"On 4 April, I was informed by a resident of Mondine Gyi village, located south of Bogalay town, that all the houses there were under water and people were forced to stay on top of their roofs,� he said.
�He said some people even died after falling of their roofs due to the strong tide."
Myint Aye also criticised the lack of government response to the crisis.
"Authorities have so far provided no assistance to the villagers and they have no food, no shelter and no clean water,� he said.
�Monasteries have also had their roofs blown off and so have been unable to provide shelter to the victims."
Reporting by Naw Say Phaw
Lack of access hampers cyclone relief efforts
May 6, 2008 (DVB)-Some assistance has been getting through to victims of the recent cyclone in Burma, but delivering aid to more remote areas, a United Nations official said today.
Richard Horsey, spokesperson for the UN�s Office for the Coordination of Humanitarian Affairs, said the major challenge now was distributing aid within the country.
�There are some cargo flights that have already arrived today, particularly from the Thai Red Cross, and in terms of the UN and other agencies, the flights are under preparation to get necessary emergency supplies to Yangon,� he said.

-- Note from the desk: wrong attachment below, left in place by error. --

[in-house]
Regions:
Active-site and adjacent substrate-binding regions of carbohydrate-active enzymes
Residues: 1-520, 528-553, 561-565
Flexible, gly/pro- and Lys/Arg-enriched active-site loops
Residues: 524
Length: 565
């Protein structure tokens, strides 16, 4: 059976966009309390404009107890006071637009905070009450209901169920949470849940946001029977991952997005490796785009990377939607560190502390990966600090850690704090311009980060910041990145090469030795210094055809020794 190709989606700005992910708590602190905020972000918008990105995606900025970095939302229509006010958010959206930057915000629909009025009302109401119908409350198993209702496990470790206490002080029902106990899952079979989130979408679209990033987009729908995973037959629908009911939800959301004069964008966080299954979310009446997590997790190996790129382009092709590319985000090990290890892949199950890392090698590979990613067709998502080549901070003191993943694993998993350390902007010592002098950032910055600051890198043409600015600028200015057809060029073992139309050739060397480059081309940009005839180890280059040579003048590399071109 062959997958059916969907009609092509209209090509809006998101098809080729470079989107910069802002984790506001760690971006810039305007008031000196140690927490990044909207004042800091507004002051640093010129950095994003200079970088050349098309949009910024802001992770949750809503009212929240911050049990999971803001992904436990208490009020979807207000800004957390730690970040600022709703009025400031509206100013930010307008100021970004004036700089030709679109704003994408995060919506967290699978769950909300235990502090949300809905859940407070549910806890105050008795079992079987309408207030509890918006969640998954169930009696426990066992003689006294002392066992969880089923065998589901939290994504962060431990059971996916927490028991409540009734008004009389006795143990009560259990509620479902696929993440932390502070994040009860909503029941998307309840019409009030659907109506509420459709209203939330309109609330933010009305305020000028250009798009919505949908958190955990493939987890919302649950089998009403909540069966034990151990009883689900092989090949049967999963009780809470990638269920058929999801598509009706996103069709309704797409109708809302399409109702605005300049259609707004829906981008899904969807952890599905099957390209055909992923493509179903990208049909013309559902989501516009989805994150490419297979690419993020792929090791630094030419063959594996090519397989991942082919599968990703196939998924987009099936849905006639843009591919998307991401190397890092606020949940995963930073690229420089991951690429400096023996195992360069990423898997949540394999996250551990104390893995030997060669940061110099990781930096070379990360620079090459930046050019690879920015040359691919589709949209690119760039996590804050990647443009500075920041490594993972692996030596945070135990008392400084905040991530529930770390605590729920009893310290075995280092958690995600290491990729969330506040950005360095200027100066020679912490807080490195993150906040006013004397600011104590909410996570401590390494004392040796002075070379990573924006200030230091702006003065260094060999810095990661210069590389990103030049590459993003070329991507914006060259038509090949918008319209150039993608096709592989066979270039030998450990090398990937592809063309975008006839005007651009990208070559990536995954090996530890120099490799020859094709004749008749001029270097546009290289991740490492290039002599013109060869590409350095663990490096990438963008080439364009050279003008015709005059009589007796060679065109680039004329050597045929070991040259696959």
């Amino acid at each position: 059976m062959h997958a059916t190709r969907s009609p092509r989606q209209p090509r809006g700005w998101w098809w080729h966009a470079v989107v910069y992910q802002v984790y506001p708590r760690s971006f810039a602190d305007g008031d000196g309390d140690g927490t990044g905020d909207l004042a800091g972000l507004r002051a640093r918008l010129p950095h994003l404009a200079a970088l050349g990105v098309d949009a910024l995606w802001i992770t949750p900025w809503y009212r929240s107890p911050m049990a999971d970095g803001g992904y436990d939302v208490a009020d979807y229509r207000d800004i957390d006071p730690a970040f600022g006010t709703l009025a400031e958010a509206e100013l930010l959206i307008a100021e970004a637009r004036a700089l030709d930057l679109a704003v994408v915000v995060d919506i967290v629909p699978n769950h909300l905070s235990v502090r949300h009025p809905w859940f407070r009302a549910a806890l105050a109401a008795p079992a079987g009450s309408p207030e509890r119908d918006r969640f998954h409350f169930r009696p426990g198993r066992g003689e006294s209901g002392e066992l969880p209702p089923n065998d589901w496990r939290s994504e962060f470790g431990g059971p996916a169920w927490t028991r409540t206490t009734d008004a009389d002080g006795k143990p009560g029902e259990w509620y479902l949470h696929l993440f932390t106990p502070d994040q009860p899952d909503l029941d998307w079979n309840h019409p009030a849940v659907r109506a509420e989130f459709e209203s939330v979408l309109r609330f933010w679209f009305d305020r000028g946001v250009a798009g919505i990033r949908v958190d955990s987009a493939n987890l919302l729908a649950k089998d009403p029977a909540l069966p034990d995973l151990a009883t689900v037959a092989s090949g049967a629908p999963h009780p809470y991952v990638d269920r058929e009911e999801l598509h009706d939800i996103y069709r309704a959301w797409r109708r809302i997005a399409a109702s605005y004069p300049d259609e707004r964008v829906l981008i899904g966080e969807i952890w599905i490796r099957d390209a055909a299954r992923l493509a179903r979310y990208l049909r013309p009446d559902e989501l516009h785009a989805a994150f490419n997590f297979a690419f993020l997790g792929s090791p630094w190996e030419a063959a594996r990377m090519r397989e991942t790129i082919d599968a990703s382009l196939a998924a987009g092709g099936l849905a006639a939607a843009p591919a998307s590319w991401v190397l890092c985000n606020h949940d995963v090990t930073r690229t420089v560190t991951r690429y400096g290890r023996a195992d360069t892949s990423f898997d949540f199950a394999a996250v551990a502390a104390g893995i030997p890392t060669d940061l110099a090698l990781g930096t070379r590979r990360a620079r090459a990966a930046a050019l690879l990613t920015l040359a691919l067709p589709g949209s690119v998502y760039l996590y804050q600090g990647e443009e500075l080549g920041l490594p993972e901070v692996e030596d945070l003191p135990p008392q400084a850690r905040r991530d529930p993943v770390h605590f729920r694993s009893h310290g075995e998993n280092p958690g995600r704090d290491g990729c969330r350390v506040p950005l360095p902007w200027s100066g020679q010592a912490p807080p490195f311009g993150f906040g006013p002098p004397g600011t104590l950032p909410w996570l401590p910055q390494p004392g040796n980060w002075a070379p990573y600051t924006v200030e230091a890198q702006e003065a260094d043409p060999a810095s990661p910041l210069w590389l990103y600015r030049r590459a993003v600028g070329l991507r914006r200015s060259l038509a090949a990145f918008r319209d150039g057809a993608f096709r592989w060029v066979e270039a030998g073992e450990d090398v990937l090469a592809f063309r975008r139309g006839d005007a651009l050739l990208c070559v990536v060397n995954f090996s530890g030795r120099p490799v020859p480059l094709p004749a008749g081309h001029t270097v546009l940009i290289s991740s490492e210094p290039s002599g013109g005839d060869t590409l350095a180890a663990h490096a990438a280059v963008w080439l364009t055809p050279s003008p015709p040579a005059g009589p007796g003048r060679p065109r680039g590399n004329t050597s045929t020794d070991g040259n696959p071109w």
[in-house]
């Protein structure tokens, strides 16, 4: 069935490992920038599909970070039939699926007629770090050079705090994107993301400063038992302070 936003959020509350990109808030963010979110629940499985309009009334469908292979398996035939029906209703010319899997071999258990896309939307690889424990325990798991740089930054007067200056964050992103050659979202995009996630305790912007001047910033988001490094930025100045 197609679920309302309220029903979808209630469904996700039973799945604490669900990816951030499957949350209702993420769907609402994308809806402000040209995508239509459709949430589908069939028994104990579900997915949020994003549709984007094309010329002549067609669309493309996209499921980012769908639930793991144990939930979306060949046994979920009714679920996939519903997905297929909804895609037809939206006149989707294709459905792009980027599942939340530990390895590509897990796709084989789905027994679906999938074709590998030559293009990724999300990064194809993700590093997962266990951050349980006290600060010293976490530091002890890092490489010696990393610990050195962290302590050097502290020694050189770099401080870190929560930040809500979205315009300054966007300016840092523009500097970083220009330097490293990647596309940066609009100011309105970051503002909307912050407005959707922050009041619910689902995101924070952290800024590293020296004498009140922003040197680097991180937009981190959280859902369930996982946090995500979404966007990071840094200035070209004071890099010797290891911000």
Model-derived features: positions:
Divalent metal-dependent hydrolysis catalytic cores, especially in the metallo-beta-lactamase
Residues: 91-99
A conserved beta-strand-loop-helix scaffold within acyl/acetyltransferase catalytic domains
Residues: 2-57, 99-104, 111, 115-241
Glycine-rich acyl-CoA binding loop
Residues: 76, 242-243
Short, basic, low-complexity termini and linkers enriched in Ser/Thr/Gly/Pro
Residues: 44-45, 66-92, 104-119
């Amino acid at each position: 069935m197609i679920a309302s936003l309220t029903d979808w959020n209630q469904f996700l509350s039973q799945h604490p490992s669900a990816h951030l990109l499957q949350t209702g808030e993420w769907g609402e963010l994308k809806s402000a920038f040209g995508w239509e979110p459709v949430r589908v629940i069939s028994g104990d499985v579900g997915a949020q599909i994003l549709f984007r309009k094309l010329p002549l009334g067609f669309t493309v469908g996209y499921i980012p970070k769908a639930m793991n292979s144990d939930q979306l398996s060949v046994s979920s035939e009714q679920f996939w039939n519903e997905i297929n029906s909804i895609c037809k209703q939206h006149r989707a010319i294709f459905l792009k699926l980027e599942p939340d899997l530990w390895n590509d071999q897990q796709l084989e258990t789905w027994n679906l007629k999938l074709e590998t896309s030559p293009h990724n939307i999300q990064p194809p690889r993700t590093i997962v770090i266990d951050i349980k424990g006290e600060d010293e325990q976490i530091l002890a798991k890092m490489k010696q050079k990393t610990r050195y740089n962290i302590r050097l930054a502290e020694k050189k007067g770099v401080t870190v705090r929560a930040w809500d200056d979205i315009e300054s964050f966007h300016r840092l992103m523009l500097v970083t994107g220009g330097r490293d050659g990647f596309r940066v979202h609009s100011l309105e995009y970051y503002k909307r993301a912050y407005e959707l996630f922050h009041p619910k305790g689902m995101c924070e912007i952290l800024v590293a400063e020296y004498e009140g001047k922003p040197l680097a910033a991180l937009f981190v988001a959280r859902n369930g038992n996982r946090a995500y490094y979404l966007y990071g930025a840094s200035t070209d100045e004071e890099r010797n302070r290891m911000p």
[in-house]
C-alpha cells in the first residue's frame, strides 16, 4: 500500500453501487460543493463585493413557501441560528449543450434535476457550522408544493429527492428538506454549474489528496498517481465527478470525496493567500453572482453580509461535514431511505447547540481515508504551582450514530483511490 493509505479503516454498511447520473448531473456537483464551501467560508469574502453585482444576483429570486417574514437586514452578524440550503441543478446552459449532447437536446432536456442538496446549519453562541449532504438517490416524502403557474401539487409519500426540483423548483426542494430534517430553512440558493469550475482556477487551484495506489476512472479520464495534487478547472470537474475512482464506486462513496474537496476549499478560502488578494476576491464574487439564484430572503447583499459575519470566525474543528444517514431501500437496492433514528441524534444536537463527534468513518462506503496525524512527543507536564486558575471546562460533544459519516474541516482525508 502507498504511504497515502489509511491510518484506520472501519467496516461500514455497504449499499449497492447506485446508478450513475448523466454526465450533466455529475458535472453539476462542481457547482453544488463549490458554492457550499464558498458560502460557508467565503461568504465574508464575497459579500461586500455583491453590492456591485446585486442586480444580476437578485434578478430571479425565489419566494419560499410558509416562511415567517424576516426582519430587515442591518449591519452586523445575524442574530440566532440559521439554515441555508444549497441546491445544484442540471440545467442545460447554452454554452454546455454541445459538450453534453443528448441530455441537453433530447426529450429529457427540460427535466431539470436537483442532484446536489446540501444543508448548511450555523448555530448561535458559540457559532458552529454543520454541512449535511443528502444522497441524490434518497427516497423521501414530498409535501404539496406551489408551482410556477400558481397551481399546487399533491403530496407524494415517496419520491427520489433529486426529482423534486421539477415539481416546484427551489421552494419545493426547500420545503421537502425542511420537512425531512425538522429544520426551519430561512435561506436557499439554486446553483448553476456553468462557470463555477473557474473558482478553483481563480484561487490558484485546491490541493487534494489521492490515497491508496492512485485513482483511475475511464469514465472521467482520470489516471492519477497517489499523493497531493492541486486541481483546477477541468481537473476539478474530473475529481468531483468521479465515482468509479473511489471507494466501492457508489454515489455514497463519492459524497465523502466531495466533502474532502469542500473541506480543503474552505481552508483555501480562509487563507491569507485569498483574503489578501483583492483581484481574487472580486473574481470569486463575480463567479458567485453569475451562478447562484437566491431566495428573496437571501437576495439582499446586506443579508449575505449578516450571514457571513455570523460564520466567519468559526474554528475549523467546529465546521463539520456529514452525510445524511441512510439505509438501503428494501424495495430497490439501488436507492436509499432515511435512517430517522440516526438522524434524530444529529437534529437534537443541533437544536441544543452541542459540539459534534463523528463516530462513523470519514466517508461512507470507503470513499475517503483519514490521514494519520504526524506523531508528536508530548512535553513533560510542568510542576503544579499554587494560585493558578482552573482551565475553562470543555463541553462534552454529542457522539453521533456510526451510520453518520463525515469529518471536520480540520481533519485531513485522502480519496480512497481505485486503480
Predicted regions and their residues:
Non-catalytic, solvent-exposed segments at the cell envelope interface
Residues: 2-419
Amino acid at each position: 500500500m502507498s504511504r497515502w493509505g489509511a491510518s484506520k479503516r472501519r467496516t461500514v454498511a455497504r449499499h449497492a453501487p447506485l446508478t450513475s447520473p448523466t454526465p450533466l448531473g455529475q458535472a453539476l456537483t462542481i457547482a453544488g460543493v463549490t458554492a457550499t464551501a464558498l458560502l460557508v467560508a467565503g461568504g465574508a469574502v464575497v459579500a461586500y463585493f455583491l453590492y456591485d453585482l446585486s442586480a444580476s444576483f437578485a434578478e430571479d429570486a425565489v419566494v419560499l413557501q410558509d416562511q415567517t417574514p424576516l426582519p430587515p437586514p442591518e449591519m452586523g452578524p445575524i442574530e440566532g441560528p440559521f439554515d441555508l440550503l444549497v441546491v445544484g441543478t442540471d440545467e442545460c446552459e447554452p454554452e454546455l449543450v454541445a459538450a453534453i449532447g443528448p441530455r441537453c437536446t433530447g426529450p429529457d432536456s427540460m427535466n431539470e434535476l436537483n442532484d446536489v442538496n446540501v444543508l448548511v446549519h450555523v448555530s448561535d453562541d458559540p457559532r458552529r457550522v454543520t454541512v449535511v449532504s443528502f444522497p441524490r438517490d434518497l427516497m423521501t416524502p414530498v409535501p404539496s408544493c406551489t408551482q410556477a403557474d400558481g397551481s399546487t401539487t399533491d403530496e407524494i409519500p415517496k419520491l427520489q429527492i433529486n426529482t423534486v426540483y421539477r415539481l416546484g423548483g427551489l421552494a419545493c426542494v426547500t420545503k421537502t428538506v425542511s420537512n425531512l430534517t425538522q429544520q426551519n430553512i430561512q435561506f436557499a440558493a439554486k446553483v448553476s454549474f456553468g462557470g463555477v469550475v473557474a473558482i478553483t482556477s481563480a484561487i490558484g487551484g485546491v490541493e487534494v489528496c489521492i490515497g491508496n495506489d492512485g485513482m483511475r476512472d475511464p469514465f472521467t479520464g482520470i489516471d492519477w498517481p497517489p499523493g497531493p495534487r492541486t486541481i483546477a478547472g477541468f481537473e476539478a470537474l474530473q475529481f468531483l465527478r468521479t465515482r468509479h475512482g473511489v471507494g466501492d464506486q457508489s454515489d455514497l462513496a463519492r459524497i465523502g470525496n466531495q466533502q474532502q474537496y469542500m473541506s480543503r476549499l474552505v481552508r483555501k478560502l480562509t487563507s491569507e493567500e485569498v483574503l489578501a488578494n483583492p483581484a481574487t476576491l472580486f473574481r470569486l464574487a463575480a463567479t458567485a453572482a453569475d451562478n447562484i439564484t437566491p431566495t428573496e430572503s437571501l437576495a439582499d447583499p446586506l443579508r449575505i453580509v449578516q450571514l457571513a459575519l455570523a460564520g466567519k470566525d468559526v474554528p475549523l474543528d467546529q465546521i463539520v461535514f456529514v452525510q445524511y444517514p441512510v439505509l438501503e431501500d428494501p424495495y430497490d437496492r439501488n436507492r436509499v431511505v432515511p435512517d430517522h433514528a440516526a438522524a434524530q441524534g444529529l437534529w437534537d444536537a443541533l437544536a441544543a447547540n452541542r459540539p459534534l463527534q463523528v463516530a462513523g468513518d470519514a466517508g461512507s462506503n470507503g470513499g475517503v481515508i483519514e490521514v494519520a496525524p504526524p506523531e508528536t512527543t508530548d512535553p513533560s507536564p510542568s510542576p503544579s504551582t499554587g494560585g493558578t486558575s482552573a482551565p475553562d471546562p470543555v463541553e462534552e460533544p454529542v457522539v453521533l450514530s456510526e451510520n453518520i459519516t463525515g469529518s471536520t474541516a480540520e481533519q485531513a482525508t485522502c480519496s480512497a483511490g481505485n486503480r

�But the main problem now is not getting the things to Yangon, but getting them from Yangon out into the affected areas.�
Horsey said that current priorities were plastic sheeting and roofing materials for shelter and water purification tablets to ensure people have clean water.
Some supplies, including water purification tablets and plastic sheeting, had been routinely stockpiled by the UN in the country but now need to be distributed to victims of the natural disaster.
Assessment teams are currently working their way through the Irrawaddy Delta region and beginning to establish logistical networks to allow vehicle access to remote areas and assess where help is most needed.
Horsey said the UN was not collecting its own figures on casualties, but noted the government�s estimate of more than 15,000 killed and said this number could continue to rise as some of the worst-affected areas are only just beginning to be reached.
He said the Burmese government had taken some steps to assist international relief efforts.